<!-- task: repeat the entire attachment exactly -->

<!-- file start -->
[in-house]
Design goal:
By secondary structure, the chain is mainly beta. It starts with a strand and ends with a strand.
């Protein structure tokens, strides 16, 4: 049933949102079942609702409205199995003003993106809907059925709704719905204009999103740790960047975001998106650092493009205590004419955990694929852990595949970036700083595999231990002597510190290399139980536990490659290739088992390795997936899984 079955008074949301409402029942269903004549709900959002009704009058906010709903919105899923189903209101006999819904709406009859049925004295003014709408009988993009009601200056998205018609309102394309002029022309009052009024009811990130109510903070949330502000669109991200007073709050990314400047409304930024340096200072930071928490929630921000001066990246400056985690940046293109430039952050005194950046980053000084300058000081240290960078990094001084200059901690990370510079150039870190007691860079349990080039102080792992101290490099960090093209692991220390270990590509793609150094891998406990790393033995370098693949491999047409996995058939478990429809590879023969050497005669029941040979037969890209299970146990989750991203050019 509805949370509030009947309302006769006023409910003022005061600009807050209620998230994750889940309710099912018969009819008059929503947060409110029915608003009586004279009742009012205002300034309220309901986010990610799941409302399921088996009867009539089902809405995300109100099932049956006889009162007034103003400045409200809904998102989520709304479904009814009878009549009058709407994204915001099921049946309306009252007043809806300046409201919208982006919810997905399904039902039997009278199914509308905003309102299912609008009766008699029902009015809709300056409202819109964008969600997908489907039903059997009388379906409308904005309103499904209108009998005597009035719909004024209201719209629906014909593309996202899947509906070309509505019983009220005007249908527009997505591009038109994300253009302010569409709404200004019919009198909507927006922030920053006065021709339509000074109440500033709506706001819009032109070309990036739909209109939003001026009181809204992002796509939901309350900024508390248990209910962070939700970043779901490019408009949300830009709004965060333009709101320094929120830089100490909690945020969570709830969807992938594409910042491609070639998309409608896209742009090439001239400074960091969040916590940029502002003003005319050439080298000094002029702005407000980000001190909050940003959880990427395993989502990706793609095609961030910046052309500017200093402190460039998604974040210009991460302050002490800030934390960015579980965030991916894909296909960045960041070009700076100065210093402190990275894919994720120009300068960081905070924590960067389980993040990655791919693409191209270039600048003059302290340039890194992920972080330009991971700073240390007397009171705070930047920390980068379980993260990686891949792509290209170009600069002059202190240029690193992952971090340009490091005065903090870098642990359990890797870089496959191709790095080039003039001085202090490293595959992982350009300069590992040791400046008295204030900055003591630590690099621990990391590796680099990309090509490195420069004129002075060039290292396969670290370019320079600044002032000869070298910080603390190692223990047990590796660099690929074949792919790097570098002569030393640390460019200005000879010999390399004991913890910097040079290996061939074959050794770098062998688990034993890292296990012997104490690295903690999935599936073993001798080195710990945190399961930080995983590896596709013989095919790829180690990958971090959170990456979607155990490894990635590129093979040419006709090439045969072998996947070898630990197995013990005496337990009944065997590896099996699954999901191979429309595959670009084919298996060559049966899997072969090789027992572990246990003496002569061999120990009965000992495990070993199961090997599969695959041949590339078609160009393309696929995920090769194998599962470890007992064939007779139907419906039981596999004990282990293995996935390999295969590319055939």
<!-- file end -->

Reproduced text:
[in-house]
Design goal:
By secondary structure, the chain is mainly beta. It starts with a strand and ends with a strand.
């Protein structure tokens, strides 16, 4: 049933949102079942609702409205199995003003993106809907059925709704719905204009999103740790960047975001998106650092493009205590004419955990694929852990595949970036700083595999231990002597510190290399139980536990490659290739088992390795997936899984 079955008074949301409402029942269903004549709900959002009704009058906010709903919105899923189903209101006999819904709406009859049925004295003014709408009988993009009601200056998205018609309102394309002029022309009052009024009811990130109510903070949330502000669109991200007073709050990314400047409304930024340096200072930071928490929630921000001066990246400056985690940046293109430039952050005194950046980053000084300058000081240290960078990094001084200059901690990370510079150039870190007691860079349990080039102080792992101290490099960090093209692991220390270990590509793609150094891998406990790393033995370098693949491999047409996995058939478990429809590879023969050497005669029941040979037969890209299970146990989750991203050019 509805949370509030009947309302006769006023409910003022005061600009807050209620998230994750889940309710099912018969009819008059929503947060409110029915608003009586004279009742009012205002300034309220309901986010990610799941409302399921088996009867009539089902809405995300109100099932049956006889009162007034103003400045409200809904998102989520709304479904009814009878009549009058709407994204915001099921049946309306009252007043809806300046409201919208982006919810997905399904039902039997009278199914509308905003309102299912609008009766008699029902009015809709300056409202819109964008969600997908489907039903059997009388379906409308904005309103499904209108009998005597009035719909004024209201719209629906014909593309996202899947509906070309509505019983009220005007249908527009997505591009038109994300253009302010569409709404200004019919009198909507927006922030920053006065021709339509000074109440500033709506706001819009032109070309990036739909209109939003001026009181809204992002796509939901309350900024508390248990209910962070939700970043779901490019408009949300830009709004965060333009709101320094929120830089100490909690945020969570709830969807992938594409910042491609070639998309409608896209742009090439001239400074960091969040916590940029502002003003005319050439080298000094002029702005407000980000001190909050940003959880990427395993989502990706793609095609961030910046052309500017200093402190460039998604974040210009991460302050002490800030934390960015579980965030991916894909296909960045960041070009700076100065210093402190990275894919994720120009300068960081905070924590960067389980993040990655791919693409191209270039600048003059302290340039890194992920972080330009991971700073240390007397009171705070930047920390980068379980993260990686891949792509290209170009600069002059202190240029690193992952971090340009490091005065903090870098642990359990890797870089496959191709790095080039003039001085202090490293595959992982350009300069590992040791400046008295204030900055003591630590690099621990990391590796680099990309090509490195420069004129002075060039290292396969670290370019320079600044002032000869070298910080603390190692223990047990590796660099690929074949792919790097570098002569030393640390460019200005000879010999390399004991913890910097040079290996061939074959050794770098062998688990034993890292296990012997104490690295903690999935599936073993001798080195710990945190399961930080995983590896596709013989095919790829180690990958971090959170990456979607155990490894990635590129093979040419006709090439045969072998996947070898630990197995013990005496337990009944065997590896099996699954999901191979429309595959670009084919298996060559049966899997072969090789027992572990246990003496002569061999120990009965000992495990070993199961090997599969695959041949590339078609160009393309696929995920090769194998599962470890007992064939007779139907419906039981596999004990282990293995996935390999295969590319055939």